Description: This is a period copy of the February 25, 1742 Last Will and Testament of John (Johannes) Schuyler, with a copy of John's February 25, 1747 Codicil following immediately thereafter.
John Schuyler needed to update his Will following the 1741 death of his son, John Jr. Here, he bequeathes to his surviving son, Philip, a home in Albany, a portion of the Saratoga Patent, a Saratoga gristmill, the farm at Saratoga that Philip was already occupying, half the sawmill on that property, and "all the negros and negro wenches" on the farm when Philip took possession of it, except for a boy named Mink. The Will does not explicitly state what should happen to Mink or to the other half of the sawmill, so they become part of John's residuary estate. John Jr.'s children receive two pieces of land. John's daughters each receive £525; Margaret also receives a portrait of her parents and Cathalyna gets a linen press. The rest of the household goods are divided equally between Philip, John Jr.'s children, Margaret, Cathalyna, and, intriguingly, John's step-daughter, Sarah. (None of his many step-children were included in his 1729 will.) John's residuary estate is divided just between Philip, John Jr.'s children, Margaret, and Cathalyna, however.
Philip was killed during the "Saratoga Massacre" of November 1745, and the farm, sawmill, and gristmill were all destroyed in that raid. It is believed that all inhabitants of Saratoga at the time were either killed or brought to Canada, including all the slaves on Philip's farm. After this calamity, John again needed to restate his intentions. He signed the Codicil to ensure his Albany home and its land would pass intact to Margaret, and on Margaret's death to Cathalyna and her heirs. He makes no mention of any of the Saratoga land in his Codicil, and since Philip predeceased John with no heirs of his own, it became part of the residuary estate.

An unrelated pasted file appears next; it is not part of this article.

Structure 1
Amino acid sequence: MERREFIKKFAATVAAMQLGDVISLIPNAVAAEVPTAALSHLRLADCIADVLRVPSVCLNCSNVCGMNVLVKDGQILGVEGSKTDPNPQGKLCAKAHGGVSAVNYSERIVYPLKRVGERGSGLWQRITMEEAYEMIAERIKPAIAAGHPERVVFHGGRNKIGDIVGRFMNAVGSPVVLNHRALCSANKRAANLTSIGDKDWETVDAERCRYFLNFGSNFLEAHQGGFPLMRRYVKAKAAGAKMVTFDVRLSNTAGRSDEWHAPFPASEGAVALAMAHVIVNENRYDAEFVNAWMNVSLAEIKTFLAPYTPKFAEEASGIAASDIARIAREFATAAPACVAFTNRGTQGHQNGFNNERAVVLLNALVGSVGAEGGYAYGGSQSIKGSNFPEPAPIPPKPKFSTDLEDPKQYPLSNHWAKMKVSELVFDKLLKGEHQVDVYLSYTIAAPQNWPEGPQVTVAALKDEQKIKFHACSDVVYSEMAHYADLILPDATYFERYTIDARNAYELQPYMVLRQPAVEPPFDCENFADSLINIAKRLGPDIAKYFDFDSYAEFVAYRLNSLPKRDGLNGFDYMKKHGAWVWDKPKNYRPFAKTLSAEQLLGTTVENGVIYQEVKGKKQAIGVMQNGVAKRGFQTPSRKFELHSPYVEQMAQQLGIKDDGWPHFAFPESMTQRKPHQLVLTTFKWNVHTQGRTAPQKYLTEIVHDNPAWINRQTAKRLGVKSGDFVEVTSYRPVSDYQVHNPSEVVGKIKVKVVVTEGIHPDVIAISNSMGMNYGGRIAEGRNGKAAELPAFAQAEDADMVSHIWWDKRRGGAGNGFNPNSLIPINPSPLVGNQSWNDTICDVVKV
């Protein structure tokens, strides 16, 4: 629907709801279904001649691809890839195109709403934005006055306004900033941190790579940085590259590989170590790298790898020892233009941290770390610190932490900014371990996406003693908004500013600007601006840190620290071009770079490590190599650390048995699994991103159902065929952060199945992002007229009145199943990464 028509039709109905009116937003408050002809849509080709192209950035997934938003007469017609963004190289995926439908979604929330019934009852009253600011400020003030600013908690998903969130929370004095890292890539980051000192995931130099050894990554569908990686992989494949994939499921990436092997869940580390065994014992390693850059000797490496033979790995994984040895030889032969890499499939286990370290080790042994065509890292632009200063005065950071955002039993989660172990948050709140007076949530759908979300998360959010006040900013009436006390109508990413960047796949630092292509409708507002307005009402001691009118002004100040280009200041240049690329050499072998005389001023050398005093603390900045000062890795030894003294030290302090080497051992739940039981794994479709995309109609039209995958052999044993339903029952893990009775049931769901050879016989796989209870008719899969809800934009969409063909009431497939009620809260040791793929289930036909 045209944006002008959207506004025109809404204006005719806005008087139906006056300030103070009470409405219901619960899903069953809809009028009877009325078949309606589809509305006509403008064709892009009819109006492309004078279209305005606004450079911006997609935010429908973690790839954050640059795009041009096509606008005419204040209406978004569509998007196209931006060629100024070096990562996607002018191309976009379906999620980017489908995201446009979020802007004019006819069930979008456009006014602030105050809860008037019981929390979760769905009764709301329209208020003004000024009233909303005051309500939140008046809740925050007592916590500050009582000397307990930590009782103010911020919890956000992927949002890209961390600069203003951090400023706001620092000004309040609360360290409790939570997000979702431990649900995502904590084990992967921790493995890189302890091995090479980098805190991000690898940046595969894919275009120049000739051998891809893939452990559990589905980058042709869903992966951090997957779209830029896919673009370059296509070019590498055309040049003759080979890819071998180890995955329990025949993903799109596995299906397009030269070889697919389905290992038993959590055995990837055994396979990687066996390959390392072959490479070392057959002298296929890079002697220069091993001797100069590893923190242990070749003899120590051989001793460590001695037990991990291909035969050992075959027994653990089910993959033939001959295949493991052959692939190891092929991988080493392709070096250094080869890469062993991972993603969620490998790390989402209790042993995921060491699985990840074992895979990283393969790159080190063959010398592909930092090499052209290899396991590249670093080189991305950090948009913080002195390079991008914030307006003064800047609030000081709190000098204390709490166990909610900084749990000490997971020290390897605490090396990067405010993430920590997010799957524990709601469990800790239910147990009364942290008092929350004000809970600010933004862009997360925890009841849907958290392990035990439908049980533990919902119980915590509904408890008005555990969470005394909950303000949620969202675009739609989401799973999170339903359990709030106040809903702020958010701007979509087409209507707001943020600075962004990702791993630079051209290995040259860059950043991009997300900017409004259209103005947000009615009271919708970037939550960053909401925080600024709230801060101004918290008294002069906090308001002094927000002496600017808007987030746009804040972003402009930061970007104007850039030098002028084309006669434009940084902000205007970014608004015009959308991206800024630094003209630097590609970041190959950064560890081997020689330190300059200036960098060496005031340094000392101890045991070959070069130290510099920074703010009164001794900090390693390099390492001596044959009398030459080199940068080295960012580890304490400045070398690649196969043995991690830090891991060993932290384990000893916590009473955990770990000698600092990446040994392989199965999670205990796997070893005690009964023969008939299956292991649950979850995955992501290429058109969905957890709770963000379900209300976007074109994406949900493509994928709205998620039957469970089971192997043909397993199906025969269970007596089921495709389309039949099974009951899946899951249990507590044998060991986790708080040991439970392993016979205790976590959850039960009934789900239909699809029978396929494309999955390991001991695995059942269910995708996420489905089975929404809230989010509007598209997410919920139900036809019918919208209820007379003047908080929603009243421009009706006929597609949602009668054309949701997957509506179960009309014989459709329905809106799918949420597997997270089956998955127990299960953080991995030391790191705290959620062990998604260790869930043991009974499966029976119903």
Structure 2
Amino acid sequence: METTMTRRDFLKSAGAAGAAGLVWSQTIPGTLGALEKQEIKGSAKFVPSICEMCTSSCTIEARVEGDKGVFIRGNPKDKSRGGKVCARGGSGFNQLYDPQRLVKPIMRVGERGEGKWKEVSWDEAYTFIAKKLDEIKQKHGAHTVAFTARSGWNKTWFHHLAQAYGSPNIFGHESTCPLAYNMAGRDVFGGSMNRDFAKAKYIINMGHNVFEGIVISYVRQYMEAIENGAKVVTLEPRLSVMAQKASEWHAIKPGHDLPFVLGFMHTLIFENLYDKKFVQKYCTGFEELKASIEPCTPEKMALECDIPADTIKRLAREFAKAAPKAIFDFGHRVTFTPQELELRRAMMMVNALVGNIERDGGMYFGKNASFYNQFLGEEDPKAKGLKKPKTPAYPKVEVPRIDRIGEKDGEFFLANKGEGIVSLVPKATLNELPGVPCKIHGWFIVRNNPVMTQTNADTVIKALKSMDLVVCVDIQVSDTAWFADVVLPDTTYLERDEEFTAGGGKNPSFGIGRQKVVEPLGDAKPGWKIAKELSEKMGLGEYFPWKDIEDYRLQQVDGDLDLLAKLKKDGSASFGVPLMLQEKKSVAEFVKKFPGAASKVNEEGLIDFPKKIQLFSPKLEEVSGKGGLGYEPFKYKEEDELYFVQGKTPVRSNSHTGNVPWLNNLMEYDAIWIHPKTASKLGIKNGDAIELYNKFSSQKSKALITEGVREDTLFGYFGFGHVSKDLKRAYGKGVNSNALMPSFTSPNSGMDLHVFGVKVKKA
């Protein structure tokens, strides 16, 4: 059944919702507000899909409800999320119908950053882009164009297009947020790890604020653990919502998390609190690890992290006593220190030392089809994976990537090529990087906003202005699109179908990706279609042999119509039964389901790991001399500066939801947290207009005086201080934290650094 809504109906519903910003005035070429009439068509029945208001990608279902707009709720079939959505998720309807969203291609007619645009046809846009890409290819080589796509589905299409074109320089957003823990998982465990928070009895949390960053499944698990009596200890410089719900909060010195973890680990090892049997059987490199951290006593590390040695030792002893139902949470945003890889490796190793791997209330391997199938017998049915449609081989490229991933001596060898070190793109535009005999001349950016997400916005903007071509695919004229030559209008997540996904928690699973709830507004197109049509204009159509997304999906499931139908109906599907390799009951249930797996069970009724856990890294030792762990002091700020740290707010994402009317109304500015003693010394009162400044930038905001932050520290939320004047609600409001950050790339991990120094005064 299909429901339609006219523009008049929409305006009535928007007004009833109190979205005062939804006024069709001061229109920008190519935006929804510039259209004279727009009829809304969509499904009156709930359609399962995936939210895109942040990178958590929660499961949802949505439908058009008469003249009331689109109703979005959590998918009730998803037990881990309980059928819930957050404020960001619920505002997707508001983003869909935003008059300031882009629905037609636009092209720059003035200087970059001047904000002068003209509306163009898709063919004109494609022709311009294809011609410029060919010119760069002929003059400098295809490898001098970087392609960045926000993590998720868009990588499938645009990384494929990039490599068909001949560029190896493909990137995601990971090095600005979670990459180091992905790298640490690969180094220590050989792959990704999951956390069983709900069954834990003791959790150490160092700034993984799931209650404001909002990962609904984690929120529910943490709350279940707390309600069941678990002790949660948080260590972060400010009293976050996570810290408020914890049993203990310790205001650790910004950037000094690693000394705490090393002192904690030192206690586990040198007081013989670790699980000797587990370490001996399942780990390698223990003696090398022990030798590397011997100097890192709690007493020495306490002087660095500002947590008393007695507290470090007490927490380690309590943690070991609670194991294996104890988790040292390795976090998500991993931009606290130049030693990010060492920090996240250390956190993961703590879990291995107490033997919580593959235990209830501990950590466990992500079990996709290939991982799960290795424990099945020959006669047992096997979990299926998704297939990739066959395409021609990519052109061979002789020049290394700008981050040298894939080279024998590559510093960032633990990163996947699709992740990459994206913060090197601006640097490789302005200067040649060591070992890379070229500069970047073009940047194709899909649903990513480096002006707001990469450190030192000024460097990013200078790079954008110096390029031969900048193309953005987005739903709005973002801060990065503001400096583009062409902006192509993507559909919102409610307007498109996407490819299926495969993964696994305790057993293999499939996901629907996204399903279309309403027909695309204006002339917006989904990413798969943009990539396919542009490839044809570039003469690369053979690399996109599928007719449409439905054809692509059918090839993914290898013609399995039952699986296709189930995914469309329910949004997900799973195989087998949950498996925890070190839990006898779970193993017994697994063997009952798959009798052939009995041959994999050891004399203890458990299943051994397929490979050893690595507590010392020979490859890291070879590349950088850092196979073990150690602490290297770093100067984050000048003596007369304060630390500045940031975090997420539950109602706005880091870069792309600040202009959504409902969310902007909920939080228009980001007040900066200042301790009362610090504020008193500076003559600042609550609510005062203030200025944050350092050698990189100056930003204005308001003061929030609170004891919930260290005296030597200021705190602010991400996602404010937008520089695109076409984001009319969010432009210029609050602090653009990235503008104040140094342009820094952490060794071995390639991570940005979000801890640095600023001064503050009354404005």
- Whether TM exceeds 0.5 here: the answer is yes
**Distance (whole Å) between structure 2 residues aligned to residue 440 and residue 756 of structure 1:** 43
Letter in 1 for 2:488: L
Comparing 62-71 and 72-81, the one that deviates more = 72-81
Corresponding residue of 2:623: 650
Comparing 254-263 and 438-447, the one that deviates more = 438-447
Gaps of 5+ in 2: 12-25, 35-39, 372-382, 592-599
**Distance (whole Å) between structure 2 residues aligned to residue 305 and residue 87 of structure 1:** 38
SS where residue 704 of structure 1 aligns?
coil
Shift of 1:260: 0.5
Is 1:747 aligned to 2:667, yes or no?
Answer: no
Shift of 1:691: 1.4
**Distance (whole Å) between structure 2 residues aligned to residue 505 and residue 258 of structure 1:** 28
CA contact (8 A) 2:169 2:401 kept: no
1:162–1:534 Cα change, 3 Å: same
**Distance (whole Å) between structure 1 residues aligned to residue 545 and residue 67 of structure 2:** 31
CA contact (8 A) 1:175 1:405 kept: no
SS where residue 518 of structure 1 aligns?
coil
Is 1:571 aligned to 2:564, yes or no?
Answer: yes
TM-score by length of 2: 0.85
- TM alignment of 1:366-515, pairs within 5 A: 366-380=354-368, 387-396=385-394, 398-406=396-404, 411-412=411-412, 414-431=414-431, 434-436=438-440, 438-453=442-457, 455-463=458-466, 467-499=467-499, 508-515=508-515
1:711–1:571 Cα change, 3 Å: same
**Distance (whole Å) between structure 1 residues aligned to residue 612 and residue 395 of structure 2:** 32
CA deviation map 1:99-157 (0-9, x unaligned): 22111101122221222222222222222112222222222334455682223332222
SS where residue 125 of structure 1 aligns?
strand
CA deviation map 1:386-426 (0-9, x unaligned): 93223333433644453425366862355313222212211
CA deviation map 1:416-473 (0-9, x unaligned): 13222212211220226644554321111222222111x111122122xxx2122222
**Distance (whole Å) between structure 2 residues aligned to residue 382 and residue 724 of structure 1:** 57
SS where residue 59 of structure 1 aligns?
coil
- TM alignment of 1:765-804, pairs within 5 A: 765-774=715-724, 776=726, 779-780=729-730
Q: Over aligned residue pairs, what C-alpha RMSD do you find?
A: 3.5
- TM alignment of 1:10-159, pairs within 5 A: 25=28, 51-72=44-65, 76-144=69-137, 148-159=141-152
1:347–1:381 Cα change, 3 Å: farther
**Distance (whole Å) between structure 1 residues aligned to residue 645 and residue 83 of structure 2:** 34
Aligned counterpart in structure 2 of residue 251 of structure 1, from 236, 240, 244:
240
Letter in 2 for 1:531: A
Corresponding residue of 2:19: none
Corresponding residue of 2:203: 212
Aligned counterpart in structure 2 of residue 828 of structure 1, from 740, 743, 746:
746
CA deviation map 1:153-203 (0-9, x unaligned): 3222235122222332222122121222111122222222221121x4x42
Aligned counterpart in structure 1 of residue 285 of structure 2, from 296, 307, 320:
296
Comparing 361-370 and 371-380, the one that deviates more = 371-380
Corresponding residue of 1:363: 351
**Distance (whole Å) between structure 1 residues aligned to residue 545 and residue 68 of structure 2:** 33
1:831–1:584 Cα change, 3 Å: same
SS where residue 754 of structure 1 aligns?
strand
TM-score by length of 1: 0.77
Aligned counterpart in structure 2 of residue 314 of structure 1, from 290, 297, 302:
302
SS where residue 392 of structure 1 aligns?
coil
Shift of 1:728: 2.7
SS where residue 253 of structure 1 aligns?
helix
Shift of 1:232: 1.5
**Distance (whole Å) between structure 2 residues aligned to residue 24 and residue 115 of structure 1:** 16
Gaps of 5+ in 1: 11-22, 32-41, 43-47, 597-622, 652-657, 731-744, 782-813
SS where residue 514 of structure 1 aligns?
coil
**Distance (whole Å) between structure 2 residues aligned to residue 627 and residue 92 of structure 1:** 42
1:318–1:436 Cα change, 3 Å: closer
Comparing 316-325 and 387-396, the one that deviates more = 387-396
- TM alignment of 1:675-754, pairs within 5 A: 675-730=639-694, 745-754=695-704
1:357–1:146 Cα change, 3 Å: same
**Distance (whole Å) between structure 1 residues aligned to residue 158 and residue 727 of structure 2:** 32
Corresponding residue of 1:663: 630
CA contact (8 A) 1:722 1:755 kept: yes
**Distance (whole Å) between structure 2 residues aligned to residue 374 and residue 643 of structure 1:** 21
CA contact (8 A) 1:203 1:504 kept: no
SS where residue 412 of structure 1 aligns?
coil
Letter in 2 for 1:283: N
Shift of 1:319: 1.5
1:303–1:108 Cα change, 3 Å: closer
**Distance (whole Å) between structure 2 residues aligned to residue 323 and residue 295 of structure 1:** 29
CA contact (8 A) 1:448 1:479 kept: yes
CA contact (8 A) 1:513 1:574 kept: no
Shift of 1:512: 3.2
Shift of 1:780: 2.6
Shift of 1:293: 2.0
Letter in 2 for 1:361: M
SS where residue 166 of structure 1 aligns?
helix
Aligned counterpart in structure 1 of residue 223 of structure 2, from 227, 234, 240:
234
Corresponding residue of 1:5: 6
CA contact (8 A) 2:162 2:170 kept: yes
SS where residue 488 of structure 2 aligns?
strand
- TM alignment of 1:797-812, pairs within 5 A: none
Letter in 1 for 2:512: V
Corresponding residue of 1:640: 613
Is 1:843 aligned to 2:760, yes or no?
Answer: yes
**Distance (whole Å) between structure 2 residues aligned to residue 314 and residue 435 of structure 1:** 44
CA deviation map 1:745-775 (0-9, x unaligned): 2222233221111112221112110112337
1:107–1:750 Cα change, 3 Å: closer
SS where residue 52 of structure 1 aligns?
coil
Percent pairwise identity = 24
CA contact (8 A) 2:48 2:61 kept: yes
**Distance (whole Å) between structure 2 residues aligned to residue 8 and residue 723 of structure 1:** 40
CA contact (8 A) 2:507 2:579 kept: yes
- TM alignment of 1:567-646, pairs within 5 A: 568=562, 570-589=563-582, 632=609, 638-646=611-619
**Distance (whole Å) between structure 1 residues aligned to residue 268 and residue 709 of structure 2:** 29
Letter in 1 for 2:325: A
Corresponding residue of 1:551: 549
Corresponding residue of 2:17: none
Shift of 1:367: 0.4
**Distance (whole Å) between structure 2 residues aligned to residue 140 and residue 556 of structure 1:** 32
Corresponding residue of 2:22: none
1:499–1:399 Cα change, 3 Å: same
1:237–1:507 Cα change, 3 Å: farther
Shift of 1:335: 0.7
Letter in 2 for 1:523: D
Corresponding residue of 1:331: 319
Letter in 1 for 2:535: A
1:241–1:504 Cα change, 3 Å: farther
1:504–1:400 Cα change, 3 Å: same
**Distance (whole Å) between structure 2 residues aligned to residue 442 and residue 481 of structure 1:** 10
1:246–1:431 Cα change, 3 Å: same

Written neatly on all four pages of a single sheet of white laid writing paper measuring approximately 14.5" x 18.5" when unfolded. The Will covers pages one and two, and most of page three. The Codicil begins on page three and covers three quarters of page four, leaving room for a description of the documents to be docketed on the blank bottom quarter. Item #AM00186
A member of one of New York's more wealthy and influential families, John Schuyler was a fur trader, merchant, Militia officer, local politican, Deacon of the Albany Dutch Church, and envoy to the Iroquois, eventually leading to a position as Commissioner of Indian Affairs. Beginning in 1695, he was involved in the Albany City Council for thirty years. During that time, he also served as Mayor of Albany from 1703-1706, and as the Albany County Representative to the Provincial Assembly from 1710-1713.
Condition: Minimal chipping particularly along the upper half of the right edge with loss of a few letters of text. Creases at the folds with a few short separations, small scrape on page four, but no actual loss there. Generally in good condition and entirely legible; a fascinating look at not only the personal choices of an influential New Yorker, and the intimate effects of what are now "historical events" on a family, but also Colonial estate planning documents and the transfer of goods and property including the slaves.